Friday, May 24, 2024

Voyager-1 sends readable data again from deep space

(BBC News) The US space agency says its Voyager-1 probe is once again sending usable information back to Earth after months of spouting gibberish.

The 46-year-old NASA spacecraft is humanity’s most distant object.

A computer fault stopped it returning readable data in November, but engineers have fixed this.

For the moment, Voyager is sending back only health data about its onboard systems, but further work should get the scientific instruments back online.

Voyager-1 is more than 24 billion km away, so distant, its radio messages take 22.5 hours to reach us.

“Voyager-1 spacecraft is returning usable data about the health and status of its onboard engineering systems,” NASA said in a statement.

“The next step is to enable the spacecraft to begin returning science data again.”

Voyager-1 was launched from Earth in 1977 on a tour of the outer planets, but then just kept going.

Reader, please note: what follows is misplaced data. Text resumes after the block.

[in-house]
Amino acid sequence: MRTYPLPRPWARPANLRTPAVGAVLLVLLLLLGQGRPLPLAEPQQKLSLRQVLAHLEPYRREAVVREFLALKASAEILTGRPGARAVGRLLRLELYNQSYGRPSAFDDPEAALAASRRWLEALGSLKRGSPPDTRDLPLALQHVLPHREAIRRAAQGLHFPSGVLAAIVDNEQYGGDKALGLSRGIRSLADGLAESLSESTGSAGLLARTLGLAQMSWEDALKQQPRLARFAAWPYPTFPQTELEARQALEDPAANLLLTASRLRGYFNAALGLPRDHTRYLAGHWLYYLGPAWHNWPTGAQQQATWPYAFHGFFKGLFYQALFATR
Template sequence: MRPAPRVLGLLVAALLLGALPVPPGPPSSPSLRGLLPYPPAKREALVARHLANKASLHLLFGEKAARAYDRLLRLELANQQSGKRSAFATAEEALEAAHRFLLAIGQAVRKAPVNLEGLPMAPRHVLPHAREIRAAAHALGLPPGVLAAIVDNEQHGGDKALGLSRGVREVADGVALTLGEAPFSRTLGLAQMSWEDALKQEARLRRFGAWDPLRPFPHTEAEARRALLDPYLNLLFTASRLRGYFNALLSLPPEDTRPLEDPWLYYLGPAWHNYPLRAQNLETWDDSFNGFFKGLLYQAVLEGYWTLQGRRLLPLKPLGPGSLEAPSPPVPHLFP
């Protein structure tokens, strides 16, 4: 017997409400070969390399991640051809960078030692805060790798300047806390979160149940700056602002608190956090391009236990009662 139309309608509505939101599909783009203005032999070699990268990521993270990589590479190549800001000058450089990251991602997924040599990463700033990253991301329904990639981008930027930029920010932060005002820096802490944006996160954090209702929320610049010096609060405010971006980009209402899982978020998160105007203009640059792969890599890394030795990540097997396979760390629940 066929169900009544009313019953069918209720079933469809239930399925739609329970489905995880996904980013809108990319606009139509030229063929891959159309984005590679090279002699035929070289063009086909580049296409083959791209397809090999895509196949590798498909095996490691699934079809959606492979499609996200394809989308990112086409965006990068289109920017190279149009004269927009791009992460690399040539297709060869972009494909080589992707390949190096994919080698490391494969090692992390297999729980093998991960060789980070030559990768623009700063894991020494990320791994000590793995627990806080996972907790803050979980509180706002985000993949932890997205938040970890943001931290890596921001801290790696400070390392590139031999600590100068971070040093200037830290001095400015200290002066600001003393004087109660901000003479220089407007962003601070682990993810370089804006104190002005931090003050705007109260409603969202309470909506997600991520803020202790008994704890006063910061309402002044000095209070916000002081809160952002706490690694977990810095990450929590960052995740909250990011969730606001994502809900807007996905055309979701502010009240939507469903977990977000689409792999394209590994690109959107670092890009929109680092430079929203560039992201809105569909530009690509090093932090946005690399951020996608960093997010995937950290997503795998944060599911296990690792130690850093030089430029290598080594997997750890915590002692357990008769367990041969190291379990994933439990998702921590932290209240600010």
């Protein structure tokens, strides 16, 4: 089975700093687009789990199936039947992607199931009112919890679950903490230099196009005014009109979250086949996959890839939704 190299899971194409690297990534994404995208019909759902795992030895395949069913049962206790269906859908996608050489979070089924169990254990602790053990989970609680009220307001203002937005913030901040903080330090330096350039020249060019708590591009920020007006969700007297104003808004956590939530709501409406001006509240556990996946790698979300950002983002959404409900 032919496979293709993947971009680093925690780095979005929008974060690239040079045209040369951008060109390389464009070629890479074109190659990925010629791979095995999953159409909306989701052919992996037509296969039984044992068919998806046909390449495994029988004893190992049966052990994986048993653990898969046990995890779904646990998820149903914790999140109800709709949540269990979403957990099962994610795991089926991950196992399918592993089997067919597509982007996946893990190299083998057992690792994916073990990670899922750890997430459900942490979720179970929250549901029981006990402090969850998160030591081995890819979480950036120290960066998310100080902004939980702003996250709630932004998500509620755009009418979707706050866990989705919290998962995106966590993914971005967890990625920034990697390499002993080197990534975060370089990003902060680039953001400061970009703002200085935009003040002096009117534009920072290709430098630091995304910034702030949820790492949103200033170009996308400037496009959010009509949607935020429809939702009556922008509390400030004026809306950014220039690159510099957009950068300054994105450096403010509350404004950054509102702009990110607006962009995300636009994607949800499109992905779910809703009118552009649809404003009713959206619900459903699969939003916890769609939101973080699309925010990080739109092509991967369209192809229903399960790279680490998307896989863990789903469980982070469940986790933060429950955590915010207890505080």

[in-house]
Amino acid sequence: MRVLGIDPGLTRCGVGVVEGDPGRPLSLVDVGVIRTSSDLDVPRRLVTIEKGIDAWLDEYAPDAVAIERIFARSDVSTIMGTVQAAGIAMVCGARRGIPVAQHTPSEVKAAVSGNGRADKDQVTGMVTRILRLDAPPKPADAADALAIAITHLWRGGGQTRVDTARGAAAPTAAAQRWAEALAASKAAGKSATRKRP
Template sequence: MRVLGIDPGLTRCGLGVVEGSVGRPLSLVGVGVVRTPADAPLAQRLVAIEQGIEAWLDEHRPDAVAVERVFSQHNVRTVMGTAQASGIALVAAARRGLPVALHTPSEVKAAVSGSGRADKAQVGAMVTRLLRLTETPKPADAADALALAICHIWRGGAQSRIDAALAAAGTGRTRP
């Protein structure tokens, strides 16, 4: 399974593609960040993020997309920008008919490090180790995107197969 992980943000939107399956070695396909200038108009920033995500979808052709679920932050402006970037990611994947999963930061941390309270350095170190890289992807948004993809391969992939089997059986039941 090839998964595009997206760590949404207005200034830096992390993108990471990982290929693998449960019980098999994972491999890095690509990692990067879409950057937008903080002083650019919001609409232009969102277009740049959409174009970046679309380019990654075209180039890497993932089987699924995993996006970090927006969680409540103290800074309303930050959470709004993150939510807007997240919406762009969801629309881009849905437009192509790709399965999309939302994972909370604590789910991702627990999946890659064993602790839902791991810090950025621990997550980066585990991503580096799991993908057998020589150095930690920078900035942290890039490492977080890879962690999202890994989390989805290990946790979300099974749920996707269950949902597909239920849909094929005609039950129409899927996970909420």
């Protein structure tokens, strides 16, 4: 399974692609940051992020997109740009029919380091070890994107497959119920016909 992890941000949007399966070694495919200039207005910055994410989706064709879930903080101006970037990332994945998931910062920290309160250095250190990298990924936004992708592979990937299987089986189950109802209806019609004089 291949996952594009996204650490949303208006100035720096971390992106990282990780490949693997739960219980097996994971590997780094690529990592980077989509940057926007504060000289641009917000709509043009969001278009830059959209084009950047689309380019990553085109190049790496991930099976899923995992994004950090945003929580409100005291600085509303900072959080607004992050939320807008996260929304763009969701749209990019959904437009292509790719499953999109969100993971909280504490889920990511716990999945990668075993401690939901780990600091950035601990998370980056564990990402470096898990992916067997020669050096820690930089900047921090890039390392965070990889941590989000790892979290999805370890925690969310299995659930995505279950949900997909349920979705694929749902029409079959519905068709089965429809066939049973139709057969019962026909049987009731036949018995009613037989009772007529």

It moved beyond the bubble of gas emitted by the Sun – a domain known as the heliosphere – in 2012, and is now embedded in interstellar space, which contains the gas, dust, and magnetic fields from other stars.

A corrupted chip has been blamed for the ageing spacecraft’s recent woes.

This prevented Voyager’s computers from accessing a vital segment of software code used to package information for transmission to Earth.

For a period of time, engineers could get no sense whatsoever out of Voyager, even though they could tell the spacecraft was still receiving their commands and otherwise operating normally.

The issue was resolved by shifting the affected code to different locations in the memory of the probe’s computers.

Voyager-1 departed Earth on September 5, 1977, a few days after its sister spacecraft, Voyager-2.

The pair’s primary objective was to survey the planets Jupiter, Saturn, Uranus, and Neptune – a task they completed in 1989.

They were then steered toward deep space, in the general direction of our galaxy’s centre.

Their power comes from radioisotope thermoelectric generators (RTGs), which convert heat from decaying plutonium into electricity. The continual decay process means the generators produce slightly less power each year.

How much longer the Voyagers can continue is uncertain, but engineers have until now always come up with strategies to eke out a few extra years of operations.

Voyager-2 is a little behind its twin and moving slightly slower.

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